American writer and director Rian Johnson – best-known for his neo-noir debut Brick (2005), less-known for his ensemble piece The Brothers Bloom (2008) – steps into high concept sci-fi territory for his latest feature, Looper (2012). Seemingly filling the gap between Duncan Jones projects (Jones has already illustrated his sci-fi nous with both Moon  and Source Code ), Johnson’s time-travelling thriller sadly loses focus far earlier than expected – introducing not one faith-dependent MacGuffin, but two. Johnson regular Joseph Gordon-Levitt plays Joe, a hitman operating 30 years before the shrouded invention of time travel.
Joe is charged by his shadowy present day employers with disposing of those troublesome individuals that the mob overlords of the future are better off without. One day, Joe’s retirement day arrives, wherein he is asked to complete his contracted cycle (his ‘loop’) and kill his future self. However, things are never as straightforward as they seem, and Joe’s older incarnation (Bruce Willis) manages to escape – with potentially cataclysmic consequences.
With the help (or hindrance) of a prosthetic nose and CGI-rendered brow, Levitt does more than a decent job of play-acting as a youthful Willis. Unfortunately however, Johnson’s overloaded script leaves little room for the its star man to flesh out his contract killer character. After an intriguing – and well-paced – opening 30 minute salvo, Joe is lumbered with protecting sassy single mother Sara (Emily Blunt) and her young son Cid (Pierce Cagnon) on their anachronistic farm – a narrational shift which, for all its apparent significance, feels more than a little misplaced. With older Joe left to cause havoc in the city, Looper transforms itself into somewhat of a bland, middling drama.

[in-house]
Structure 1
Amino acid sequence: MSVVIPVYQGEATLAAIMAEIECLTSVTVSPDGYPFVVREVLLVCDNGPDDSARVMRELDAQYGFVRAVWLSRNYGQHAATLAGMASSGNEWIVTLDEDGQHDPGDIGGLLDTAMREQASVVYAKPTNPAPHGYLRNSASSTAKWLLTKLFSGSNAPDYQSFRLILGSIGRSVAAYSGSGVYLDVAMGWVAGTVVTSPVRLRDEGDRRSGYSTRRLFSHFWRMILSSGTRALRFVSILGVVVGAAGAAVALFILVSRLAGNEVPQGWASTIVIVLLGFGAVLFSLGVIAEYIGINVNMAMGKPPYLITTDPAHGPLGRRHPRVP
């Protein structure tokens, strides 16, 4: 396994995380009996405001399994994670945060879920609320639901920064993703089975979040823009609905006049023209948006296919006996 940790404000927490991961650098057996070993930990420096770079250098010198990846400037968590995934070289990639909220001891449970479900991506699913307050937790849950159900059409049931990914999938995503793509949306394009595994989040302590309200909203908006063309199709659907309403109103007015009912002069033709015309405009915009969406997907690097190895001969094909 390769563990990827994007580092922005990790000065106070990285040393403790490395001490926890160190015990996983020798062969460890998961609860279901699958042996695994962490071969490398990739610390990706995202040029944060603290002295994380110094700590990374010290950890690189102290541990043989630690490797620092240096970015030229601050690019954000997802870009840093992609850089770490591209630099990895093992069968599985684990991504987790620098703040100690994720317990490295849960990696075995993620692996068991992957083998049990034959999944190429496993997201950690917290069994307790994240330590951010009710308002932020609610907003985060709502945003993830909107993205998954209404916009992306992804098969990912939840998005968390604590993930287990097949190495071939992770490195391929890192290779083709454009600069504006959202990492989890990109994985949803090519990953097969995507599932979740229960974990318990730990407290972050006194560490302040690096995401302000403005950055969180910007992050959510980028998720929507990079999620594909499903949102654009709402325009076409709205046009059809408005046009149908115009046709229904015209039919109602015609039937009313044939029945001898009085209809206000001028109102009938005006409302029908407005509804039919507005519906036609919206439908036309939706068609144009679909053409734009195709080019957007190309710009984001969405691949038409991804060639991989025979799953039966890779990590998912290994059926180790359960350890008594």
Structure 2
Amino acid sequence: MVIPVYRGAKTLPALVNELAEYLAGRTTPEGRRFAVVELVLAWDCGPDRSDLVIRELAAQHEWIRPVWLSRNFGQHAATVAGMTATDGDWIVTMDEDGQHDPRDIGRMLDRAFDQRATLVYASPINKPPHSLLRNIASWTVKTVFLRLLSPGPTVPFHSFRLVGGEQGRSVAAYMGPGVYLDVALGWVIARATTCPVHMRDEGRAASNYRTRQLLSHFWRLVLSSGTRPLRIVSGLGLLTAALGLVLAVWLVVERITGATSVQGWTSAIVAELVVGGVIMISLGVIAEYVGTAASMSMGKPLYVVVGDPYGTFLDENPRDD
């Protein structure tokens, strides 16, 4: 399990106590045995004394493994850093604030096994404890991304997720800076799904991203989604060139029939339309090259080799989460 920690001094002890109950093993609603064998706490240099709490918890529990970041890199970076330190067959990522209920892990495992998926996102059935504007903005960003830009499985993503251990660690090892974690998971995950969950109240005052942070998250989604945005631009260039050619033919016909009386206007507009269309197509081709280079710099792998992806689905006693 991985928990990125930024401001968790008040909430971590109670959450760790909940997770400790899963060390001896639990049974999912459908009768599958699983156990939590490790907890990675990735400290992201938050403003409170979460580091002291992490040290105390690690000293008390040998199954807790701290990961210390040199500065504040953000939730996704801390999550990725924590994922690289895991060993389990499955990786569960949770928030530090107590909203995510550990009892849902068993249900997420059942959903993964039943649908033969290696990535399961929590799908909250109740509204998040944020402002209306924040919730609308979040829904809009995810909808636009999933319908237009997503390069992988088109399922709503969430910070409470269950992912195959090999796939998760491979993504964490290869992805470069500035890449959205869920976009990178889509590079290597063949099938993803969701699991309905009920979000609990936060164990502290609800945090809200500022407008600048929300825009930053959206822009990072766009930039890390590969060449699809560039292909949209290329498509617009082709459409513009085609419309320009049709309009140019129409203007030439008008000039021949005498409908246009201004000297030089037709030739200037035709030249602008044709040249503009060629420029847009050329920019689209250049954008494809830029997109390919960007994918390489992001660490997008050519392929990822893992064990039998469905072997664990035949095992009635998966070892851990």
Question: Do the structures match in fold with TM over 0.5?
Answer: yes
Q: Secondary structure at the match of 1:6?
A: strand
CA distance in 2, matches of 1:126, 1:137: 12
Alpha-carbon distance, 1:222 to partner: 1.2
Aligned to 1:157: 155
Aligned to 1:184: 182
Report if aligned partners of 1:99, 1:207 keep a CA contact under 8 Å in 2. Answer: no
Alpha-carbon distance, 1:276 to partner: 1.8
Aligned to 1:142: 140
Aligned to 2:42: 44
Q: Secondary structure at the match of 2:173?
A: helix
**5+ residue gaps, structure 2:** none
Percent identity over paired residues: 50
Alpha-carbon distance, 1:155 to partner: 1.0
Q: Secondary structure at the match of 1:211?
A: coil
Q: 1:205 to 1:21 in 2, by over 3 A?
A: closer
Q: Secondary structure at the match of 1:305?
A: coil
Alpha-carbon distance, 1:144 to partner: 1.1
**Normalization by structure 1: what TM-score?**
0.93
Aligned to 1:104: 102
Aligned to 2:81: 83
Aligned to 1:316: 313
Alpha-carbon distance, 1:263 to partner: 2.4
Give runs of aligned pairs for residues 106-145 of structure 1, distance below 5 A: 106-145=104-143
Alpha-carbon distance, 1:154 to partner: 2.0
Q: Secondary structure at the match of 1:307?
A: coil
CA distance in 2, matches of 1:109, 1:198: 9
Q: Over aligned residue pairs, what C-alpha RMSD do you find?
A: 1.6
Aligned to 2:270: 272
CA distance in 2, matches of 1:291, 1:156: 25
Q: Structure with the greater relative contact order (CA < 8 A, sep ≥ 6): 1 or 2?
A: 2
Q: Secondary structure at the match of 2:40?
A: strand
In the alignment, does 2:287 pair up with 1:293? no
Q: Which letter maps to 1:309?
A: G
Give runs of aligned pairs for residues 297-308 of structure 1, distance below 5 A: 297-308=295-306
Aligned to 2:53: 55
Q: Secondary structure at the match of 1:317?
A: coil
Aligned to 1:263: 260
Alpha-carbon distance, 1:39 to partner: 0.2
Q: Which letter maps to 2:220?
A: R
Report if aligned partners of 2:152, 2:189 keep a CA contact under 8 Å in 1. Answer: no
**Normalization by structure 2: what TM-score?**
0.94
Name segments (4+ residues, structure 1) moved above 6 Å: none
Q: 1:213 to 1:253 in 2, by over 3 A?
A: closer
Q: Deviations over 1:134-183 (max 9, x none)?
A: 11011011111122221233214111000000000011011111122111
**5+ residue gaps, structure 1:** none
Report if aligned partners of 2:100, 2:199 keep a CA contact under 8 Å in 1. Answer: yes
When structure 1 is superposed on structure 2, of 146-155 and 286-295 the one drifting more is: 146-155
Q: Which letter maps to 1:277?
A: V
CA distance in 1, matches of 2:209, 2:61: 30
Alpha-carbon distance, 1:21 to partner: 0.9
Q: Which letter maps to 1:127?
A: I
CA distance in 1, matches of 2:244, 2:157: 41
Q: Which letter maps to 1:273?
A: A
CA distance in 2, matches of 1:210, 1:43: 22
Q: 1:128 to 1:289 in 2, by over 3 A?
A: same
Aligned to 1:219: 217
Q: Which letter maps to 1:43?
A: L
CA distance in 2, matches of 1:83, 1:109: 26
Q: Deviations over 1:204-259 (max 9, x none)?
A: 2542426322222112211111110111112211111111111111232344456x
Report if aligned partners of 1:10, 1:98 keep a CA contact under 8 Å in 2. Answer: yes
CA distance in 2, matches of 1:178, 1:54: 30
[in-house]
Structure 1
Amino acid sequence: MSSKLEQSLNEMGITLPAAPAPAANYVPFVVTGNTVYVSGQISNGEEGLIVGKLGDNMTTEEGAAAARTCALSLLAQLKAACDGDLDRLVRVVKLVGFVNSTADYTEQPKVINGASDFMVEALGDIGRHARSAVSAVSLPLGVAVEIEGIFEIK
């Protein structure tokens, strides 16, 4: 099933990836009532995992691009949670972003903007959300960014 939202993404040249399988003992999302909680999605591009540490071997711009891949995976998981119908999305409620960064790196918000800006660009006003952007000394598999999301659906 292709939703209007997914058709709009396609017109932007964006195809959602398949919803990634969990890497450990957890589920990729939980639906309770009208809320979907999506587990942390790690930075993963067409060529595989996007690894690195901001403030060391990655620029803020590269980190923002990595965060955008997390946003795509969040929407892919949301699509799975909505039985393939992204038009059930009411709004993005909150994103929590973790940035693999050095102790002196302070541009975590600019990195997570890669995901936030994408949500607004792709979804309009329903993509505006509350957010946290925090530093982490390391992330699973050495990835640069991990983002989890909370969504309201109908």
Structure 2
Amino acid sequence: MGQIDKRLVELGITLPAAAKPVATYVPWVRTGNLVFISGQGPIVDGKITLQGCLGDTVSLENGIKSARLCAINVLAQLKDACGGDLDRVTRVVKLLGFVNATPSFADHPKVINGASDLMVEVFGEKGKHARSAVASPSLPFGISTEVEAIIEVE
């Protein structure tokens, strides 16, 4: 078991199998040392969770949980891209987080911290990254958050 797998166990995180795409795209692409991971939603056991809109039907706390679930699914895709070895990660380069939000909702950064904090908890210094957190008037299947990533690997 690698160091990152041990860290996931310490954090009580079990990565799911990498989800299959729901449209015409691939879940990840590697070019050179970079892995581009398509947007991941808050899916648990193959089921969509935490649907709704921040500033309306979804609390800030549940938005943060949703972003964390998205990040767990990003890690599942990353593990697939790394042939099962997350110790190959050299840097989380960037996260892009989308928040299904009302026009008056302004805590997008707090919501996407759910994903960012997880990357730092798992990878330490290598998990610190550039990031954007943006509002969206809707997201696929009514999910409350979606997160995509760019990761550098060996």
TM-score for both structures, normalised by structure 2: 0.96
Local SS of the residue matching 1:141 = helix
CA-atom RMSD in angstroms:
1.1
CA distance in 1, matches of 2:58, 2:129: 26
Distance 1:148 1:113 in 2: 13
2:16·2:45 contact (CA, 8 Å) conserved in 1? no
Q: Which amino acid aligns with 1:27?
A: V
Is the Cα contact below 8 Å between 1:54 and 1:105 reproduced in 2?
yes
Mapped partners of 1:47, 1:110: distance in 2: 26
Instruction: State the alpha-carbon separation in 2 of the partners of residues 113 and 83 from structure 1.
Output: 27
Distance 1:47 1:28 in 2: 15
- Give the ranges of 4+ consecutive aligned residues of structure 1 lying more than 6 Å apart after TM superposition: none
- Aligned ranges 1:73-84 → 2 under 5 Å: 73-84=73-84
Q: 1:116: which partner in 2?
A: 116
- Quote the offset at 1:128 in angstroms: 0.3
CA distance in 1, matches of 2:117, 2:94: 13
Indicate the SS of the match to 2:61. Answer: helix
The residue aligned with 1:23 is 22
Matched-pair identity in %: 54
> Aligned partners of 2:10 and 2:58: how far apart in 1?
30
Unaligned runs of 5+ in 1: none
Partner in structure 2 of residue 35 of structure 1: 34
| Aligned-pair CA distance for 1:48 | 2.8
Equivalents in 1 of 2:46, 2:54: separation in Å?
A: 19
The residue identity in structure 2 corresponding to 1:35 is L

When we do get the odd gun battle or chase scene, Johnson seems to content himself with hackneyed genre tropes (leather trench coats, hover-bikes etc) rather than attempting to create anything vaguely new or distinct. When it eventually comes, the full realisation of the film’s second high concept MacGuffin – an extrapolation upon the fact that a minority of the world’s population has inexplicably developed telekinetic powers – proves fatal, reducing a potentially potent sci-fi thriller into a bizarre ‘demon child’ hybrid.
Johnson is regularly touted – it seems – as a director on the cusp of greatness, but here once again fails to build upon the foundations of his ingenious 2005 debut. For all its promise, Looper is a true film of two parts (halves wouldn’t be quite accurate in terms of narrative focus) – with the second, ultimately, a jumbled genre-clash of misfires and missteps. After the disappointment of Ridley Scott’s patchy Prometheus, it would appear that we’re still waiting on 2012’s first great American sci-fi.